If anyone has any questions on this feel free to hit me up as there are some small details not mentioned in some of these threads - plus its permanently etched in my mind.

    I'm venting but in the end the truck feels AMAZINGLY better and now I can get it aligned correctly.

    PS - I changed my alternator right after this to torture myself and that may be the only other thing worse I've ever done on a vehicle in many many years. I'm baffled and Toyota engineers.

    Hope everyone had a great weekend :)
     
  21. May 31, 2022 at 9:08 AM
    #81
    Half Assed

    Half Assed me ne frego

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    I did mine when i put my 6" lift on it wasnt too bad. I wouldnt want to do it on a rusty truck or one with everything else in the way though:laughing:
     
    Last edited: May 31, 2022
    Rc23 likes this.
  22. May 31, 2022 at 11:14 AM
    #82
    Rc23

    Rc23 New Member

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    Ironically its not that rusted - just stuck good for whatever reason - and I'm pretty certain the steering rack has never been out of this truck - even with the lift install. I'm glad it done and I also cant imagine why the factory uses those trash rubber bushings. My rack was moving a good 1.5-2 inches and now its almost solid.
     
  23. May 31, 2022 at 2:45 PM
    #83
    TXTundra2722

    TXTundra2722 Pipe Hitters Union

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    My post (#70) I mentioned this and feel your grief on getting the new bushings back in

    Screenshot_20220531-164340_Samsung Internet.jpg
     
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  24. Jun 1, 2022 at 6:30 AM
    #84
    Rc23

    Rc23 New Member

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    @TXTundra2722 I missed it..haha Glad I can share some misery.
     
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  25. Sep 21, 2022 at 10:31 PM
    #85
    Retroboy1989

    Retroboy1989 'Course it's 4x4!

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    This thread is super helpful and I couldn't imagine this job without the tips from the OP and others.

    Pickle fork for the win. Would not attempt with a punch alone. I had to whale on it with a 5lb hammer, but the bushings didn't hold on for too long.

    Driving the upper bushing out was easy and quick with the largest socket I could find that still fit in the bore. I didn't use my impact sockets because they have a bevel on both ends. Craftsman chrome 24mm (pre-china) did the trick and fast. Do not do what I did at first and try to use the back of the socket, it will just bounce off the center of the bushing. You need the relief side of the socket doing the work.

    Installing the new bushings is a pain but I found a procedure that works reasonably well:

    Using grease on both sides of all contact surfaces. (Edit: I like superlube synthetic grease when I install poly bushings. It's also dielectric and food safe so I use it for electrical connectors and the O rings on my home water filters)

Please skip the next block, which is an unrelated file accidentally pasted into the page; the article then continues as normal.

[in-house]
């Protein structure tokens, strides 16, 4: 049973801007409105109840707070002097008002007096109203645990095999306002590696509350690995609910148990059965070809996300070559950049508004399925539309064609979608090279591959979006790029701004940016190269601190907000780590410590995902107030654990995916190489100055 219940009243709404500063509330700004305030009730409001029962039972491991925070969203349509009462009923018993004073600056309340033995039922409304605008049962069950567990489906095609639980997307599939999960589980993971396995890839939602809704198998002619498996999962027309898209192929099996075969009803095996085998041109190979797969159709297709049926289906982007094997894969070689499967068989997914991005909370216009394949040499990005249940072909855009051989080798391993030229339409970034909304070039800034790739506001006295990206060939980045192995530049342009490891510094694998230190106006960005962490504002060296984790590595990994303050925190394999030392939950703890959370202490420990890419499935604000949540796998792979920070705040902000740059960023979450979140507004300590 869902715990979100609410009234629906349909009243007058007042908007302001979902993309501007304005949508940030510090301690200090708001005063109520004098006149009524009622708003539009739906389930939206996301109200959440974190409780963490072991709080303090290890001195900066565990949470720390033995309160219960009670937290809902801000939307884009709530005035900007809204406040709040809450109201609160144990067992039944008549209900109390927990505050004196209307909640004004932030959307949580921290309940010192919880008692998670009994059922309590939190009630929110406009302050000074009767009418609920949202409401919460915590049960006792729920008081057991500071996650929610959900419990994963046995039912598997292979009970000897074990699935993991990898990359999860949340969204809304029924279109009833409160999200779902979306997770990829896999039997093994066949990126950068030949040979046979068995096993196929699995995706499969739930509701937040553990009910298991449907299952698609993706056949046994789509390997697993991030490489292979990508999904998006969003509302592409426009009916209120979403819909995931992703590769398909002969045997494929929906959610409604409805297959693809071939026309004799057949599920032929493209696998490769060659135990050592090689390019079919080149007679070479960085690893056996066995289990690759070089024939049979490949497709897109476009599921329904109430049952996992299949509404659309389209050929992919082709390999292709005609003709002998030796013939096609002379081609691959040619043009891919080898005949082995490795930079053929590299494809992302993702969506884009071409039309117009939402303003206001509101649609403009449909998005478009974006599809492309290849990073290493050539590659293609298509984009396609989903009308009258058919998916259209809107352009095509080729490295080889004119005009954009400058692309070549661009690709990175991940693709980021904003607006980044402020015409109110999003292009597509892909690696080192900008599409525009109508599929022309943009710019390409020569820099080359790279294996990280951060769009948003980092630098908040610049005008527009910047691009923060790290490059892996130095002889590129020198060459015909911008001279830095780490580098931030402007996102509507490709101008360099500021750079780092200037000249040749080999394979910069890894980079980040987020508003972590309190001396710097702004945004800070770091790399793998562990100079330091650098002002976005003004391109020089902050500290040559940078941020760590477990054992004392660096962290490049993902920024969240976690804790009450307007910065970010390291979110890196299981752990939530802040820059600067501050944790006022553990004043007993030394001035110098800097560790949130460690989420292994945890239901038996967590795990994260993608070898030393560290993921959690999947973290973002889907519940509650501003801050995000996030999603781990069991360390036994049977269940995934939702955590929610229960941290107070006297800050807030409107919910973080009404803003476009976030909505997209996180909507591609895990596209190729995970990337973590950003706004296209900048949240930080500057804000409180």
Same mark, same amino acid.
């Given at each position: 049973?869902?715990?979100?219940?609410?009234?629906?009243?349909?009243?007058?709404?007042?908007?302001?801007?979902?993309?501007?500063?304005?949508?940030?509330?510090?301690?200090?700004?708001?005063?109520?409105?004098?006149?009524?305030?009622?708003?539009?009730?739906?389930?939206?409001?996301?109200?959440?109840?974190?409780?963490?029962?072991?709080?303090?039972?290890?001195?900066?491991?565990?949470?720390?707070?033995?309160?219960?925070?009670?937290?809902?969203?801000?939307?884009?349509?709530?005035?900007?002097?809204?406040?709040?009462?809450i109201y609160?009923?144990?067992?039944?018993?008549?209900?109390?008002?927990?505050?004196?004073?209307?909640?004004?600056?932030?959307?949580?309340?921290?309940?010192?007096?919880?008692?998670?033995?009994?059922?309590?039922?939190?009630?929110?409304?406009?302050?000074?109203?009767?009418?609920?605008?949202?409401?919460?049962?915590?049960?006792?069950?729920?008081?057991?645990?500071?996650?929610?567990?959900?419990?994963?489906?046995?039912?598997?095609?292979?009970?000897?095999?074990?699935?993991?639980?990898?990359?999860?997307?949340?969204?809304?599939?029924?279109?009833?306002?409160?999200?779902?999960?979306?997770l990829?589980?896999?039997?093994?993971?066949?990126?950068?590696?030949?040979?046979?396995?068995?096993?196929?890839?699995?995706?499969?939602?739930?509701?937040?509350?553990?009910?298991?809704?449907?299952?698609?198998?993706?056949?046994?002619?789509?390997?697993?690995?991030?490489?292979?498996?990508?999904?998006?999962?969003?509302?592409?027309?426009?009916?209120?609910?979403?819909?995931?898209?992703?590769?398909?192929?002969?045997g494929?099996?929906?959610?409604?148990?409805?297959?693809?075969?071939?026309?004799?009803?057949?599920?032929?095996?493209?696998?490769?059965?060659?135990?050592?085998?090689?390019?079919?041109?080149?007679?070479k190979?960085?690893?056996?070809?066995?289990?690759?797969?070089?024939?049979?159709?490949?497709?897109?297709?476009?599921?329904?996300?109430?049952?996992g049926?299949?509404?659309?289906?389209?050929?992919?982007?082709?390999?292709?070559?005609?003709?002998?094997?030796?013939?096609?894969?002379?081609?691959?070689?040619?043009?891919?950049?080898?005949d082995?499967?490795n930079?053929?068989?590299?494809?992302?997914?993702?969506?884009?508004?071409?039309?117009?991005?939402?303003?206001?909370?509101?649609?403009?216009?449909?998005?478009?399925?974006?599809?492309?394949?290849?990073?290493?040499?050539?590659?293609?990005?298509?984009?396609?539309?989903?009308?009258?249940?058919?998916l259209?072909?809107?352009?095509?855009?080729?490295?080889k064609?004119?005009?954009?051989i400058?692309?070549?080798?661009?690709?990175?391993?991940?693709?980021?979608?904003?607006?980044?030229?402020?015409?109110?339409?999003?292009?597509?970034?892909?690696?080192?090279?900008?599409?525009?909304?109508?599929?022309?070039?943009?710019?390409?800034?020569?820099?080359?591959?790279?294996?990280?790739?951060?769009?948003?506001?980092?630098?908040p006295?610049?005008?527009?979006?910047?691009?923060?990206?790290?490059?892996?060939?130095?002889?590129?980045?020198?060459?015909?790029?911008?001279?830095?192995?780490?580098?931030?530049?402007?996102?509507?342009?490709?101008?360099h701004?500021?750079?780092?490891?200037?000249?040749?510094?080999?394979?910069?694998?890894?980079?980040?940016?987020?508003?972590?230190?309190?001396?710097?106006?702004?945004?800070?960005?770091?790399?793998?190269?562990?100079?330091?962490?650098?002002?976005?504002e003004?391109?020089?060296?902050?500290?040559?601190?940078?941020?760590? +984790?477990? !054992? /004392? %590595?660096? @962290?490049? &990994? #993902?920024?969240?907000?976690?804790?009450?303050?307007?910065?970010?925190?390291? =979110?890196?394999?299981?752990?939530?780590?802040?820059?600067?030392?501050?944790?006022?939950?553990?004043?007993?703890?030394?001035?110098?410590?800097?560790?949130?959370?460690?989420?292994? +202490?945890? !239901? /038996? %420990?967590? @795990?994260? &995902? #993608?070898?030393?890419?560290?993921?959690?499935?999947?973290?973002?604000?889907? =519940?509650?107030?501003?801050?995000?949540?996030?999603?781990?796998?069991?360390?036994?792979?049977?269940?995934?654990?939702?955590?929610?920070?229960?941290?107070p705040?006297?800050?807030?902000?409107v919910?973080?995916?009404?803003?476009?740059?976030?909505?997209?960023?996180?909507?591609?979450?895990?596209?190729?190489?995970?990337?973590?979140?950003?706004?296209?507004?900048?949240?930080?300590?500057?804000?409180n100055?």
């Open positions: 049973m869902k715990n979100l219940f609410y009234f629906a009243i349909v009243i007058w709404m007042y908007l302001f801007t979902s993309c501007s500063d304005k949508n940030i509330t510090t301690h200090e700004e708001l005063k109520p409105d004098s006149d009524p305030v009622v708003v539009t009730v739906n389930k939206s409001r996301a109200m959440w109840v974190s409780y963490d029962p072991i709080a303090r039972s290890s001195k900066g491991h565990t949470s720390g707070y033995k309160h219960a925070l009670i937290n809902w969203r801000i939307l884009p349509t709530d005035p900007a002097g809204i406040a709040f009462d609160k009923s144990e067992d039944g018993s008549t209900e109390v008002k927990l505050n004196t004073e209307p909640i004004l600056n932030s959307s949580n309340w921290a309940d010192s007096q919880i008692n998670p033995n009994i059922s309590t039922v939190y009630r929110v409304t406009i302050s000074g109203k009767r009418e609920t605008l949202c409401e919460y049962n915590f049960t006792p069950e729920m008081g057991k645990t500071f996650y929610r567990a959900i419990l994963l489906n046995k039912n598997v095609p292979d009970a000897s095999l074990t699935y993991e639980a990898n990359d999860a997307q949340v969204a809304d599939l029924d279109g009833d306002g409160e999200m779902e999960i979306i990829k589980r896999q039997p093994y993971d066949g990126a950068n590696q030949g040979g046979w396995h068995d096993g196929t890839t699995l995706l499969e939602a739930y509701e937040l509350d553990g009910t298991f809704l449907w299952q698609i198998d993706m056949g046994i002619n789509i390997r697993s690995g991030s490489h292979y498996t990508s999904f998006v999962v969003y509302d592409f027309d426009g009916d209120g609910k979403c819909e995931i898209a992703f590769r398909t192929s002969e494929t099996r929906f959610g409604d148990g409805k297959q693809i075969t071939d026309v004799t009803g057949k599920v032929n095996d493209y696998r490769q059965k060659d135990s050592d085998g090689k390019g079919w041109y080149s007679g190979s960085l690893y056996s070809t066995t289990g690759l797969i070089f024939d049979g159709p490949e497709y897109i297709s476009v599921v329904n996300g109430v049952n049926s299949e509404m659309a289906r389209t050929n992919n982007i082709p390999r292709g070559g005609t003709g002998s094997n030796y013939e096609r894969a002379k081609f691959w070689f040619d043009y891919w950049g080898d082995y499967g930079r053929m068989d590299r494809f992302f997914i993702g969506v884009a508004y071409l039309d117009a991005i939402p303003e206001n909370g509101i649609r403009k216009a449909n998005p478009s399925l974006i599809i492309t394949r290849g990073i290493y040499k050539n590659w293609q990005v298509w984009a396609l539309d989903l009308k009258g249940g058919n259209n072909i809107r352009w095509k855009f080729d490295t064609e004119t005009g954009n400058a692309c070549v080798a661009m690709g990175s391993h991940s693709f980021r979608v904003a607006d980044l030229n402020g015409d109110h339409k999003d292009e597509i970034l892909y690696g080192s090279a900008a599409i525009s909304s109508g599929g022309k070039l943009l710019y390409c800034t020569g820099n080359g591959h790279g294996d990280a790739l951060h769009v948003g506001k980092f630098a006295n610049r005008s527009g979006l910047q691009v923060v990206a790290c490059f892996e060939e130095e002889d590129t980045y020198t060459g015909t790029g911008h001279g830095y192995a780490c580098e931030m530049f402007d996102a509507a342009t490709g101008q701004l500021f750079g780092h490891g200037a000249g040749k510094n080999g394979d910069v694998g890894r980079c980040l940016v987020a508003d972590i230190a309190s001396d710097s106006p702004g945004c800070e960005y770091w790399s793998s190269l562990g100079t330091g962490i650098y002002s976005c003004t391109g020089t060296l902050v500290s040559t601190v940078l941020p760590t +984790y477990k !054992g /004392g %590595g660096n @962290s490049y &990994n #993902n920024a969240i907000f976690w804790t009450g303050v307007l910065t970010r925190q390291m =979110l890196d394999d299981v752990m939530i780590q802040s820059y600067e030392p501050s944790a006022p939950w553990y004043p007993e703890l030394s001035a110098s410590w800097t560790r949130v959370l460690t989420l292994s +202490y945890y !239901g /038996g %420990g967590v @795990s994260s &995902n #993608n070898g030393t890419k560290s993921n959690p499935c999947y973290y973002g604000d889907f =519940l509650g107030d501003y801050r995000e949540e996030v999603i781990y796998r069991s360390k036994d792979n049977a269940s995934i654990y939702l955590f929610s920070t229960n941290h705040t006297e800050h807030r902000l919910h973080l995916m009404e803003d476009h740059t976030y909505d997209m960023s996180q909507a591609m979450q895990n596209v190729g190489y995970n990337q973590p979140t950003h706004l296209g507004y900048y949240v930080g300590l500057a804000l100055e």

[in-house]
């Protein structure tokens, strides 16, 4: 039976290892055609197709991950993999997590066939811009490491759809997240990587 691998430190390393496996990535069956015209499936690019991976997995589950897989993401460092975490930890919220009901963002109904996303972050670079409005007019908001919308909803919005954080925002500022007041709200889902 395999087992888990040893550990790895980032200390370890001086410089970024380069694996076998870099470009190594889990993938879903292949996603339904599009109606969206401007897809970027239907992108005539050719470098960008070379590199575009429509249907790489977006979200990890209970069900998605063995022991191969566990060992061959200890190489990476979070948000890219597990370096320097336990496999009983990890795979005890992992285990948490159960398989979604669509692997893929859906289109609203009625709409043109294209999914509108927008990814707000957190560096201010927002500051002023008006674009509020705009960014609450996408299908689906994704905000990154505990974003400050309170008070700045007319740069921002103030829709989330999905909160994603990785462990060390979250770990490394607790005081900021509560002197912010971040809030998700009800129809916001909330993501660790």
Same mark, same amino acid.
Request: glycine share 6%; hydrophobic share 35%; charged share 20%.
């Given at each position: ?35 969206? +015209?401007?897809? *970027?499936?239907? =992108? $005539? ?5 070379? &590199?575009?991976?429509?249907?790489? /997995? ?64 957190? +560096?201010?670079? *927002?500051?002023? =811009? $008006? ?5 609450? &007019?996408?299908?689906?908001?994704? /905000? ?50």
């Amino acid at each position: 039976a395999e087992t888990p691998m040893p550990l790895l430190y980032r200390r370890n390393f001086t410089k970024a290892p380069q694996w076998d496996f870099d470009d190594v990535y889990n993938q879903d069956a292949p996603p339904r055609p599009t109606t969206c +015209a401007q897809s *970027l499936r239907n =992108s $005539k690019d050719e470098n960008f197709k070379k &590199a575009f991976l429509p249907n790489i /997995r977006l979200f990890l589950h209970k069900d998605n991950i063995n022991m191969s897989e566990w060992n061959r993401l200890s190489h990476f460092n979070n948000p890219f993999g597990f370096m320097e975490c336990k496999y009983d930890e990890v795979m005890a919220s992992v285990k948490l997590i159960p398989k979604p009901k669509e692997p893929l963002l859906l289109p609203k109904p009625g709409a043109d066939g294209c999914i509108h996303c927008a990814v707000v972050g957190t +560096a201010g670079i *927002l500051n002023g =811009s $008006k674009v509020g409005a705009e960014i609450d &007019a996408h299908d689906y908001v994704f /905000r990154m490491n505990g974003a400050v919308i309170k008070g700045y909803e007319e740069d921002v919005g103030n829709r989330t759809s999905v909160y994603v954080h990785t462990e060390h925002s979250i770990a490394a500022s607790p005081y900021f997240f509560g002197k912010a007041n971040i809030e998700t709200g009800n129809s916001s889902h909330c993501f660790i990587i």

- install lower bushing (little to no effort)
    - install tube through bottom of lower bushing using a light hammer tap to drive it in flush (some effort)
    - do your best to install the upper bushing as far as you can by hand in the horrible workspace (impossible to seat by hand)
    - leaving out the lower washer, run the steering rack bolt through the frame hole and through the bushings.
    - install the new upper washer and the nut
    - slowly turn the bolt to pull down the nut and washer to drive the upper bushing home. (Surprisingly easy)
    - Remove the nut and bolt and install the lower washer

    This effectively uses the stock install hardware as a makeshift press for the upper bushing. The lower bushing is a non-event if you install it in the order outlined.

    The reason you exclude the lower washer is because you will need every mm of bolt length to get the nut to thread. The bolt is just barely long enough to pull this off.

    The damage:
    PXL_20220921_054317772.jpg


    I also broke my driver side wheel speed sensor. I was using a plastic deadblow hammer to try and seat my TRE from below so the stud wouldn't spin while trying to spin down the castle nut. I learned a new trick after that debacle. Go to your HW store and buy a handful of 5/8 ID washers. Stack the washers under the castle nut and start tightening. This allows the castle nut to compress the tapered fit right off the bat. You can torque your stack to 51ft lbs then back the nut off, remove the washers, put the nut back and torque it home.
     
    Last edited: Sep 22, 2022
    kylerocker10 and Rc23 like this.
  26. Sep 22, 2022 at 7:53 AM
    #86
    Rc23

    Rc23 New Member

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    Great notes! I forgot to mention I ended up using some random size spacers I had lying around from race parts basically doing a similar approach to the washer technique.
     
  27. Sep 22, 2022 at 9:41 PM
    #87
    Retroboy1989

    Retroboy1989 'Course it's 4x4!

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    I did not have the right bolt/spacer combo so I had to make do with the oe bolts and use the frame as the world's heaviest spacer.

    If I were to do it again, I would have a threaded rod, nuts and various washers handy to create a very simple pressing tool that could be driven with a ratcheting box wrench.

    This information completes the write up in my opinion.
     
    Last edited: Sep 22, 2022